It’s not a news flash that salespeople who know more about their product the best earn more than the ones who can’t find the power button. (And salespeople that use Spiro earn the most)! A 2014 University of Pennsylvania Wharton School of Business study showed that retail sales associates who took just one session of brand-specific training sold 87 percent more than their colleagues that didn’t. Why? Because buyers don’t want to see you tap dance – they want you to be a resource.

Be Like The Librarian

Remember being completely overwhelmed in the 6th grade with having to do a report on Ancient Egyptian hieroglyphics and not knowing where to start? Remember how much of a relief it was when the librarian offered to help? Be like the librarian. Your clients will respect and appreciate you so much more for being a resource, rather than a flashy salesperson.

Knowledge Is Power

Product expertise separates the strongest salespeople from the weakest in every way. Case in point:

  1. You know your product so you speak confidently and answer any questions with authority, developing trust and respect with your client
  2. You know who will be using your product, how they will be using it, and why and will be able to anticipate the needs and concerns of your client
  3. You know your product’s place in the market and why it’s a cut above the competition
  4. Throughout the sales relationship you remain a resource for your client, strengthening trust and the likelihood of future business

Whether it’s B2C or B2B, every sales relationship begins and ends with how well you represent yourself and your product.

So, guess what, you should know what you’re talking about. You wouldn’t go to a Dubstep concert talking about Dave Matthews: Don’t go to a client expecting to sell when you’re not on their level.

I used to work for a company called Open Environment that sold middleware software to integrate mainframe applications with then newly created client/server applications. The technical salespeople who deeply understood the needs of their client did astronomically better at selling the product than those who didn’t. If they were natives to the industry they were selling into, even better.

When I had a client who made synthetic ligaments, guess who made the most sales? The doctors on the sales staff who could demonstrate how the product worked and translate it into the bottom line. Makes sense, right?

Of course we aren’t all lucky enough to have the advantage of being natives in a highly technical industry but you can come close by becoming as familiar as possible, which brings me to my next point.

Successful Salespeople Take the Initiative

It’s up to YOU to take the initiative to know the product inside and out. Know the technical specs, know the compatibilities, know the limits, know the advantages. Bend your mind until you think so far outside the box you get lost. I know a legendary sales woman who sold software for one of the juggernauts in her industry and she poured over every aspect from the technical specs to the company history and earnings reports – that’s a bit much, but she was the best at what she did because she was ready for anything.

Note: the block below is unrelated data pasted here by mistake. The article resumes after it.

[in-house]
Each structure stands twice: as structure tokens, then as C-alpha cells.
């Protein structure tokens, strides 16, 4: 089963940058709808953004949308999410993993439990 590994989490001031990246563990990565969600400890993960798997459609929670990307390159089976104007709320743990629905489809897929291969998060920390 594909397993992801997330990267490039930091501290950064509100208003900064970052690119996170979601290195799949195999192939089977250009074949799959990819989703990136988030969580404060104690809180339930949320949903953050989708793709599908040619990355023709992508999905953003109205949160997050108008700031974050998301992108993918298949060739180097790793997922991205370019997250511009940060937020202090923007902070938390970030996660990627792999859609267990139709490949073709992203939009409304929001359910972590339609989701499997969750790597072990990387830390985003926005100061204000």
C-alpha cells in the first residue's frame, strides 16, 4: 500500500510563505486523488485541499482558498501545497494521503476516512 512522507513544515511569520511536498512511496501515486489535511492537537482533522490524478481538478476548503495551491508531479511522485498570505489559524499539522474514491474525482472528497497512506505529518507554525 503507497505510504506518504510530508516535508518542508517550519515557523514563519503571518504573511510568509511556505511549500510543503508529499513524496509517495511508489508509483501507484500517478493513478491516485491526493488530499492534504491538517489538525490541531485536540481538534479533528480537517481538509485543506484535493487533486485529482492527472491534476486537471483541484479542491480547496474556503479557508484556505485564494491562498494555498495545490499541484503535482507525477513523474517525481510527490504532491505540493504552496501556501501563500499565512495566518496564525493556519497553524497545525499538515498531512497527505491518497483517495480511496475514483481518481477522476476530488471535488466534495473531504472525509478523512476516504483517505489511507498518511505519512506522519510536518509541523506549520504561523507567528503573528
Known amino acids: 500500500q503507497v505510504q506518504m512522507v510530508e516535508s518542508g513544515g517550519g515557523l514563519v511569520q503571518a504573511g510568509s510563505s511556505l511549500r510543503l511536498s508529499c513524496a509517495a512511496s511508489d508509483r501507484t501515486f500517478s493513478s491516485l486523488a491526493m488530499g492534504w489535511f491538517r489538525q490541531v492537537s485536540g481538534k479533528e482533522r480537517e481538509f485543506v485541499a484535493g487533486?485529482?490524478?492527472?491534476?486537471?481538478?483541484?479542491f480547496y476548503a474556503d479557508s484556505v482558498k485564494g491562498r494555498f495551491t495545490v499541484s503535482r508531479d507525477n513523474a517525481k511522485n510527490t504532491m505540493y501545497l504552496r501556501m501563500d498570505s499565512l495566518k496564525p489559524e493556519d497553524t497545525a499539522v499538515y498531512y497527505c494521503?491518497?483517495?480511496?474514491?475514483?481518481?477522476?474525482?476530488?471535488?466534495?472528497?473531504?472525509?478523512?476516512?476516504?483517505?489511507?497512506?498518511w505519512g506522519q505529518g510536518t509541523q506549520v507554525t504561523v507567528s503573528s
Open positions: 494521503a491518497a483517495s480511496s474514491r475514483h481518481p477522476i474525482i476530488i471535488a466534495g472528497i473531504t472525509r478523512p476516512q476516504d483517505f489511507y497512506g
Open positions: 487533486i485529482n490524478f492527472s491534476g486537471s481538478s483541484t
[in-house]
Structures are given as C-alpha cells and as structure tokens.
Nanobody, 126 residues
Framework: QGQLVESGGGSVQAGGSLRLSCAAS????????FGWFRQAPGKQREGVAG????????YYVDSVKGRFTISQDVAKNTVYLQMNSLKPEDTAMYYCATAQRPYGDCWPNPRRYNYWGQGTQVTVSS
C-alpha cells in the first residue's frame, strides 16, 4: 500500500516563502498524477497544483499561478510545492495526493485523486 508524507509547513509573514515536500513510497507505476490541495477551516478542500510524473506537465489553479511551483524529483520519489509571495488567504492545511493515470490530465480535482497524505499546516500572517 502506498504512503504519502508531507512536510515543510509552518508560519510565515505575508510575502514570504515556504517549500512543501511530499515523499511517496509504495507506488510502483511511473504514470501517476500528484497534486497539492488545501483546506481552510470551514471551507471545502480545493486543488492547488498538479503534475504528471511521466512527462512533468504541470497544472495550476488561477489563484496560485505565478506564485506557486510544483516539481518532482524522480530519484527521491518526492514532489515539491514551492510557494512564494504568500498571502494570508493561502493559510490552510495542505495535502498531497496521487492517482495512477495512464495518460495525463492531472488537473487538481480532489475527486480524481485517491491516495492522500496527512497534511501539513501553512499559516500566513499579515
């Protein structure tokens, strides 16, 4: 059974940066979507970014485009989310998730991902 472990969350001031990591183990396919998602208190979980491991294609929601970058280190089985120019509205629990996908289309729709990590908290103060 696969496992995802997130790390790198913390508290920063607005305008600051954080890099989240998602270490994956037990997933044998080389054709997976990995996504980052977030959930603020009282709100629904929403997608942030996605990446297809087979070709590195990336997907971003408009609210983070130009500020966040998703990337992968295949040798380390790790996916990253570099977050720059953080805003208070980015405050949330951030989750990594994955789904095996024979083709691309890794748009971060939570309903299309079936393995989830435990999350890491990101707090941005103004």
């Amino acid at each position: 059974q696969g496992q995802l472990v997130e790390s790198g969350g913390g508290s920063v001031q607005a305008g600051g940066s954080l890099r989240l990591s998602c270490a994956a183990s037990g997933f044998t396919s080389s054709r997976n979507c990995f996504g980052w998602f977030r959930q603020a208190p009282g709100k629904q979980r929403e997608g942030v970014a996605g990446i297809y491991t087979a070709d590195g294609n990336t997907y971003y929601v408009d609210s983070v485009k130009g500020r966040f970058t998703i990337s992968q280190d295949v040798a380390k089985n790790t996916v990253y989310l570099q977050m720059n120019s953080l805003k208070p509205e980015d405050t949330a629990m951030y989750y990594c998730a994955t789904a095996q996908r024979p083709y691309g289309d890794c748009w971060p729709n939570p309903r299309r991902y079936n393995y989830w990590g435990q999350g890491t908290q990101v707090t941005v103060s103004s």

Take advantage of every kind of training your company offers, talk to clients even when you don’t need or want to make a sale. Be honest, open, interested and empathetic to their needs. Think about what challenges your client faces on a day-to-day basis, how many people it is they are answering to and what the success of their purchase from you depends upon.

Be on your client’s level, don’t patronize them with flashy sales techniques because they’ll see through you faster than the invisible man.

And always remember. Be like the librarian.

Photo courtesy of Flickr user John Castillo.

Share this post:

About the Author Adam Honig

Adam is the co-founder and CEO of Spiro Technologies. He is a natural sales leader with a mission to help salespeople make more money using artificial intelligence — or any sort of intelligence for that matter. Adam has been a founder of four companies which resulted in two triumphant IPOs and two legendary mergers. He is best known for speaking at various conferences including Dreamforce, for pioneering the ‘No Jerks’ hiring model, and for flying his drone while traveling the world.


  • Do librarians usually stand in that kind of position? I’m pretty sure you could have picked something better than that.

    • Adam Honig says:

      Thanks for the feedback, Allan. It’s actually challenging to find pictures of librarians that are at all interesting. We’ll take a look again.


    • Adnan says:

      Out of all of the features in the article, you focus your attention on the picture. I think Adam is really looking for feedback when it comes to the article itself, and the effort he put in.

  • Chris Williams says:

    Thanks for Sharing this article, Adam, very insightful. I think allot of salespeople get confused with so much communication emphasizing that you keep things simple for your customer, but as you put nicely, the only way you can make things simple is by being clear enough on it to communicate it simply.

Leave a Reply